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Redrawn Ky 4th District pits Tea Party's Massie vs. 'moderate' Dem Adkins

by Joe Arnold


Posted on September 17, 2012 at 6:13 PM

Updated Monday, Sep 17 at 11:01 PM

LOUISVILLE, Ky (WHAS11) -- Kentucky's Fourth Congressional District race pits a former railroad worker/coal miner turned attorney against an MIT graduate and computer touch technology pioneer.

Both Democrat Bill Adkins, a Grant County attorney, and Republican Thomas Massie, who served as Lewis County Judge Executive for 17 months, are new names and relatively unknown quantities to much of the district.

"I believe in education," Adkins told WHAS11, "those programs that have been there for decades including Medicare and Social Security."

Massie told WHAS11 that he is "equal parts liberty movement and the Tea Party."

"Basically, the Tea Party talks about constitutionally limited government and fiscal responsibility," Massie said.  "And those are libertarian principles.  Those are actually Republican principles."

"So I'm a Republican at heart."

The U.S. House seat was vacated by the retirement and subsequent resignation of U.S. Rep. Geoff Davis (R). 

Recent redistricting appears to have solidified the Republican tendencies of the Fourth District with the additions of the eastern fifth of Jefferson County, the northern third of Spencer County and all of Shelby County.

Describing himself as a "moderate" Democrat, Adkins said Massie is the Tea Party candidate and "there is no Republican candidate."

"I agree with Republicans, on occasion," Adkins said.  "They're going to disagree with me, a lot.  But we can meet in the middle.  And that is the exact problem we're facing.  Look at what's happening in Congress, we have a single digit, at last check, a single digit approval rating for Congress for the very reasons that have happened the last two years, because of people like my opponent."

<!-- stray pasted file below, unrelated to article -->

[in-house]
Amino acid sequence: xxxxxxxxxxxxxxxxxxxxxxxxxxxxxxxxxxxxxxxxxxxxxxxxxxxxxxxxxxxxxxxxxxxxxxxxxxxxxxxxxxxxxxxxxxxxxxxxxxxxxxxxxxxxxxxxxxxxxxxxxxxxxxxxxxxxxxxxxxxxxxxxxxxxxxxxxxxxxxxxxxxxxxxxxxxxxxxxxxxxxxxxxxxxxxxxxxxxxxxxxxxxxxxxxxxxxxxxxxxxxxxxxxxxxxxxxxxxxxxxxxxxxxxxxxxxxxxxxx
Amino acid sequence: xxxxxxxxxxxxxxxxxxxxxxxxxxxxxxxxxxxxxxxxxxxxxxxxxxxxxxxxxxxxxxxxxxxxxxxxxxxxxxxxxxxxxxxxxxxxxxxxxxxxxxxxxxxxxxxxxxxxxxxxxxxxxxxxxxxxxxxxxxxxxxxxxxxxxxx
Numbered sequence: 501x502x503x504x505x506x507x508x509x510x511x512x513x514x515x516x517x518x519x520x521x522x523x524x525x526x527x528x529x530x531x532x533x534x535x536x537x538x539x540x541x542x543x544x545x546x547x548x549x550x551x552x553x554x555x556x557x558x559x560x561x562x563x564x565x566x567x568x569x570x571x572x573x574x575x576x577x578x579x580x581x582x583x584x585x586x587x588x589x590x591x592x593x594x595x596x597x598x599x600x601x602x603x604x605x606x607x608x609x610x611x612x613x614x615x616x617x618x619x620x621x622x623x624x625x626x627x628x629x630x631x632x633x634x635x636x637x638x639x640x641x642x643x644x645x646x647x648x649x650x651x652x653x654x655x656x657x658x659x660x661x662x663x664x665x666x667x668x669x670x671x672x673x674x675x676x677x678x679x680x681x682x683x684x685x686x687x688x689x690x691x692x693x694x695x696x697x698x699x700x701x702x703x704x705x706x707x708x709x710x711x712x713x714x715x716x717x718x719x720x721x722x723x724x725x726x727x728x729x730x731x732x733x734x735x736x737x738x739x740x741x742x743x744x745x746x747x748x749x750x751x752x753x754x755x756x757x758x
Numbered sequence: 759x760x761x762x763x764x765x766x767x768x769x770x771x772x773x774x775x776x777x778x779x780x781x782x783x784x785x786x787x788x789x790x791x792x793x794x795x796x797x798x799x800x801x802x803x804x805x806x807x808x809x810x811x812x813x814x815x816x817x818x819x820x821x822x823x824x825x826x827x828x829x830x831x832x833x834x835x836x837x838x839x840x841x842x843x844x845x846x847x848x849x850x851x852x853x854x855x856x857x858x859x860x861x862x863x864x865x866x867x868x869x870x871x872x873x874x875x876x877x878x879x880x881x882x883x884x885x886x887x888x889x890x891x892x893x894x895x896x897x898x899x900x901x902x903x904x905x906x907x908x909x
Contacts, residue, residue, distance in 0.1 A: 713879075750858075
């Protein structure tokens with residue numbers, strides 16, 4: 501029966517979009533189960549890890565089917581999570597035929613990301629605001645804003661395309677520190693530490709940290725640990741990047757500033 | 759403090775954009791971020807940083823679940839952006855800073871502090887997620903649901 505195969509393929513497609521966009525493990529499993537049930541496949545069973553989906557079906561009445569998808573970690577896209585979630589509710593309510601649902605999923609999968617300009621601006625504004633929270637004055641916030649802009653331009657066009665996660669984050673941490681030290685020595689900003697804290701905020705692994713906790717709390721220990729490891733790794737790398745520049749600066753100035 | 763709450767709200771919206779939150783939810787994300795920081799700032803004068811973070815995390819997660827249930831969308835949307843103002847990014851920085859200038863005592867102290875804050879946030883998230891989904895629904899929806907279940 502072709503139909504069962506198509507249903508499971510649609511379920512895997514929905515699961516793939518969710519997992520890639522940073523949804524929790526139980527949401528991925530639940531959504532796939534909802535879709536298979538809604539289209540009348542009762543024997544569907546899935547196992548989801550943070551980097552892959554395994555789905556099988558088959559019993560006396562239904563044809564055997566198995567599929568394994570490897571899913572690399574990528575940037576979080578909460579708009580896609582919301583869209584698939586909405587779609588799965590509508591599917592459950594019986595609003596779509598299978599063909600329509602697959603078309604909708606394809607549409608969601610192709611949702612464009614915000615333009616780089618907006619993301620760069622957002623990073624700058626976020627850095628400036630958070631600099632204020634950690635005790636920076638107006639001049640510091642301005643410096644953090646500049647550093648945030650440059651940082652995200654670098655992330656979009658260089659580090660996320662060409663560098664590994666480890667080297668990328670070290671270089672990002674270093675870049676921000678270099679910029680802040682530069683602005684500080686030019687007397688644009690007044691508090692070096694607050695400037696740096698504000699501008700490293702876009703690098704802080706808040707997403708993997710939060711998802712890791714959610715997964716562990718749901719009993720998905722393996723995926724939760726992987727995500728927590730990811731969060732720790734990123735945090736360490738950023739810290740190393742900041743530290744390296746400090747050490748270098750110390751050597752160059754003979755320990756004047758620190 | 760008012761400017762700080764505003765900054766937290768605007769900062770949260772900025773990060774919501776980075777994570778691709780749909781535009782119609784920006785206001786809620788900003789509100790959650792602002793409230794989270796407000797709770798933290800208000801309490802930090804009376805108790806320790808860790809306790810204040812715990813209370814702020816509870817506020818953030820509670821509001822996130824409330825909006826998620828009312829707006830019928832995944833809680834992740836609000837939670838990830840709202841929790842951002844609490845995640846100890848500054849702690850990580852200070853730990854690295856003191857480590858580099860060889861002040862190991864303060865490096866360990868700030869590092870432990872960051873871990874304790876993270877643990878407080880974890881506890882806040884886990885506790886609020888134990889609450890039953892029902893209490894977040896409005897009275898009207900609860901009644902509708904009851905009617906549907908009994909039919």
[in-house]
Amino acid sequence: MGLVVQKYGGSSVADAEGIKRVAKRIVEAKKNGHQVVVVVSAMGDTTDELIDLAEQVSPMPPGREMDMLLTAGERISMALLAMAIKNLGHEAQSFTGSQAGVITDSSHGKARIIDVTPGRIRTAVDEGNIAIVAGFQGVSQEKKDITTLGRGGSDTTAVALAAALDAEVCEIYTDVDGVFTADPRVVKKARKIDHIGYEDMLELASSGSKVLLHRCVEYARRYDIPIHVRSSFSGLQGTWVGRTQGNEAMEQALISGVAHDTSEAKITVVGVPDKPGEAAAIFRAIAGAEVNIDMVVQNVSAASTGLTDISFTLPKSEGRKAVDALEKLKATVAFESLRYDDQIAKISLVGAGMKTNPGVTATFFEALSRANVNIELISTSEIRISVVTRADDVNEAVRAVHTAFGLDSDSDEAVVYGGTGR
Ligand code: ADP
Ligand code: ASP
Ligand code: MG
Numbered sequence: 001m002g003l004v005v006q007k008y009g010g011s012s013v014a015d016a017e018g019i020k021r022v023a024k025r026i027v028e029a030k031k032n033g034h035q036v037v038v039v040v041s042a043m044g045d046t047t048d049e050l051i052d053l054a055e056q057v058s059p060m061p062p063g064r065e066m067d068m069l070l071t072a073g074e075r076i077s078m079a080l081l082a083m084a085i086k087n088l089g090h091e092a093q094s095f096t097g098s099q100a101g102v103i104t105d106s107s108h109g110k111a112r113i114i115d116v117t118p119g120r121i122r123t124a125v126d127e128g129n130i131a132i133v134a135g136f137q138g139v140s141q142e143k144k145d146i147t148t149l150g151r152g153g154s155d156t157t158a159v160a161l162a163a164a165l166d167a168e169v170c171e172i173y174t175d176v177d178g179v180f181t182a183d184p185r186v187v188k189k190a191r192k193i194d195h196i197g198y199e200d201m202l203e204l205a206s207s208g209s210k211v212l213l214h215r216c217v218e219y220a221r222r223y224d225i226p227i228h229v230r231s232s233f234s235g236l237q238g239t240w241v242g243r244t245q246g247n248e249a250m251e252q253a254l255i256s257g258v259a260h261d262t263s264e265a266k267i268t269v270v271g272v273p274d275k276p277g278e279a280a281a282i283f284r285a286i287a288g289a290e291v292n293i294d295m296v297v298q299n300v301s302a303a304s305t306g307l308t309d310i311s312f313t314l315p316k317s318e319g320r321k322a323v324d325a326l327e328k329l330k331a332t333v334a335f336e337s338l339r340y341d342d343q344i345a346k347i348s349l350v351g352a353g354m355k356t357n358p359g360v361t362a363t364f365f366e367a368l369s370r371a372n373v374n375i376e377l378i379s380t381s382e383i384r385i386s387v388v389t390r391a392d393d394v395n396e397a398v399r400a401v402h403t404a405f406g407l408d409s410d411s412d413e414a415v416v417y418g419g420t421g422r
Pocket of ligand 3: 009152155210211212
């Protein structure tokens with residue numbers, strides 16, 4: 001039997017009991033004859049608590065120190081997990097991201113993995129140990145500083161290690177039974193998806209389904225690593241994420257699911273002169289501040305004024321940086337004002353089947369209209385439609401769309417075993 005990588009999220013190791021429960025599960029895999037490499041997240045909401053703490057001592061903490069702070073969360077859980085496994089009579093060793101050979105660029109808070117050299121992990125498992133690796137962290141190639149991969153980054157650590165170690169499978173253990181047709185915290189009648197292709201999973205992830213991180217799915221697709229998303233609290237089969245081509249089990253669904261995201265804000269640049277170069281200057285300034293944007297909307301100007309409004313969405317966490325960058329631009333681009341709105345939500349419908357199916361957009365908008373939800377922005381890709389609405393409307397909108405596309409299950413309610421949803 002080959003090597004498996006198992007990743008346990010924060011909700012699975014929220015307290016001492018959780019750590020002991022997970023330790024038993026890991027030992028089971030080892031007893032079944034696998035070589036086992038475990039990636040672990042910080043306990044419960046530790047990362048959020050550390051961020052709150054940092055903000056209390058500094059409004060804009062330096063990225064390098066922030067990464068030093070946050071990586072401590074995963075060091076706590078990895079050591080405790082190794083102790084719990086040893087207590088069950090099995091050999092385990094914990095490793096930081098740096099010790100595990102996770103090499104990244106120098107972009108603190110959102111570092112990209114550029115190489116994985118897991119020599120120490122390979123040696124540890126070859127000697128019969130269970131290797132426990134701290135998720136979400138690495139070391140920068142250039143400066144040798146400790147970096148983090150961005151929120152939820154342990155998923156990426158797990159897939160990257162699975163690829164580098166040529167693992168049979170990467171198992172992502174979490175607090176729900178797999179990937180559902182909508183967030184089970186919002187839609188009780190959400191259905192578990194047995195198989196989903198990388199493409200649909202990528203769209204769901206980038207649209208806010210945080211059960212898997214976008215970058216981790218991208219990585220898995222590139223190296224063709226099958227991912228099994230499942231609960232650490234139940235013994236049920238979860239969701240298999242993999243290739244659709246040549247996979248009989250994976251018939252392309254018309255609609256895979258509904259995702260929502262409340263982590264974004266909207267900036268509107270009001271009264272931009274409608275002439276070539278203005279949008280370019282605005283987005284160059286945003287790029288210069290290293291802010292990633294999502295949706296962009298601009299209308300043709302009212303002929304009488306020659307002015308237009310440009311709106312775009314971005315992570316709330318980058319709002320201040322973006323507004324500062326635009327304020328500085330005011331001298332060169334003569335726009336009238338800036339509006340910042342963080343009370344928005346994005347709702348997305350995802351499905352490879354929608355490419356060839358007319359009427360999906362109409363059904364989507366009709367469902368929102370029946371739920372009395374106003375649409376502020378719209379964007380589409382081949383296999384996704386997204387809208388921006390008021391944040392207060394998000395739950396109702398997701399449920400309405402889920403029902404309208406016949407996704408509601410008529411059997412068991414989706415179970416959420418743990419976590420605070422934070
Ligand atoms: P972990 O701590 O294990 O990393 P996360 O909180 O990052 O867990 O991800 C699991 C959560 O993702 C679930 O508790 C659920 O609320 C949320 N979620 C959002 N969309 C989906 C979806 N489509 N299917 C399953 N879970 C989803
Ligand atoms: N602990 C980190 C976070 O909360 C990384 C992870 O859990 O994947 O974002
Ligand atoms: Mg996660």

"I have a lot of the same views these people do.  I am not unique.  I am not far left," Adkins said.  "And that's the problem we have today, if they see the Democrat listed, 'You're a communist.'  And I don't believe that Republicans are fascists."

"I'm a moderate, I do believe," Adkins continued.  "I believe in the Second Amendment.  I'm a gun collector. I have more guns than most people would know."

Massie was asked how he reconciles fiscal conservatism with a congressman's role to secure funding for a district.

"Government does have a role and that is the role I want to advance," Massie said.   "The role of government in my opinion is to do those things that the private sector cannot do."

"Government should not get into the things that the private sector can do.  And the federal government should not be doing things that the state government can do," Massie continued.  "For instance, the federal government should not be building YMCAs or deciding where your local library goes.  But the federal government can help with national defense, with our borders, with our interstates, with our transportation infrastructure.  Those are things that are important to Jefferson County as well as Northern Kentucky."

In a race that centers on the debate over the proper role of government, stark lines are drawn on the health care overhaul.

"I would have voted for the Affordable Care Act," Adkins said.  "It did not go as far as I would have liked it to go.  I believe that we are going to have to really, really hammer the costs of medical care down because it is unsustainable."

"I'm definitely against Obamacare," Massie said.  "My opponent has Obamacare as his running mate.  And I'm going to Congress to try to repeal it if we can."